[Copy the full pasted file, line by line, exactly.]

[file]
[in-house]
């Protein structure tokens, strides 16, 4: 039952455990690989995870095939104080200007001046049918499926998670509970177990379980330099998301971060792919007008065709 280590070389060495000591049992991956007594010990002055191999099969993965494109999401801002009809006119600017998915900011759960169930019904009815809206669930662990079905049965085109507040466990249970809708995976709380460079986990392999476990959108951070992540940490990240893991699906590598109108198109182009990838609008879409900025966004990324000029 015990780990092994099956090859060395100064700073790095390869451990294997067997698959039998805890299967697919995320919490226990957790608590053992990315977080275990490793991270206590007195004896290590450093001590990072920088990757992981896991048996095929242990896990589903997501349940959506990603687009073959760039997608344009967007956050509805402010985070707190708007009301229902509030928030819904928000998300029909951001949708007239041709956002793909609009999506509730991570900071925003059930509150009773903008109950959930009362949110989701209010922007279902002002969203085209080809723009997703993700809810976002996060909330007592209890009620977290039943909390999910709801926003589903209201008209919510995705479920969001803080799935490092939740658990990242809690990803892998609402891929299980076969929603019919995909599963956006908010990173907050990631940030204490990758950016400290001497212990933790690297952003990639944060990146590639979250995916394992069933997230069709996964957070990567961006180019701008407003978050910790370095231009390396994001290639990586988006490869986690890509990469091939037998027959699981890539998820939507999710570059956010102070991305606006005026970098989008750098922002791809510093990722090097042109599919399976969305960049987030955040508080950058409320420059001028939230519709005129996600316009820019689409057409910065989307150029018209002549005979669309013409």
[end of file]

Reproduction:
[in-house]
């Protein structure tokens, strides 16, 4: 039952455990690989995870095939104080200007001046049918499926998670509970177990379980330099998301971060792919007008065709 280590070389060495000591049992991956007594010990002055191999099969993965494109999401801002009809006119600017998915900011759960169930019904009815809206669930662990079905049965085109507040466990249970809708995976709380460079986990392999476990959108951070992540940490990240893991699906590598109108198109182009990838609008879409900025966004990324000029 015990780990092994099956090859060395100064700073790095390869451990294997067997698959039998805890299967697919995320919490226990957790608590053992990315977080275990490793991270206590007195004896290590450093001590990072920088990757992981896991048996095929242990896990589903997501349940959506990603687009073959760039997608344009967007956050509805402010985070707190708007009301229902509030928030819904928000998300029909951001949708007239041709956002793909609009999506509730991570900071925003059930509150009773903008109950959930009362949110989701209010922007279902002002969203085209080809723009997703993700809810976002996060909330007592209890009620977290039943909390999910709801926003589903209201008209919510995705479920969001803080799935490092939740658990990242809690990803892998609402891929299980076969929603019919995909599963956006908010990173907050990631940030204490990758950016400290001497212990933790690297952003990639944060990146590639979250995916394992069933997230069709996964957070990567961006180019701008407003978050910790370095231009390396994001290639990586988006490869986690890509990469091939037998027959699981890539998820939507999710570059956010102070991305606006005026970098989008750098922002791809510093990722090097042109599919399976969305960049987030955040508080950058409320420059001028939230519709005129996600316009820019689409057409910065989307150029018209002549005979669309013409």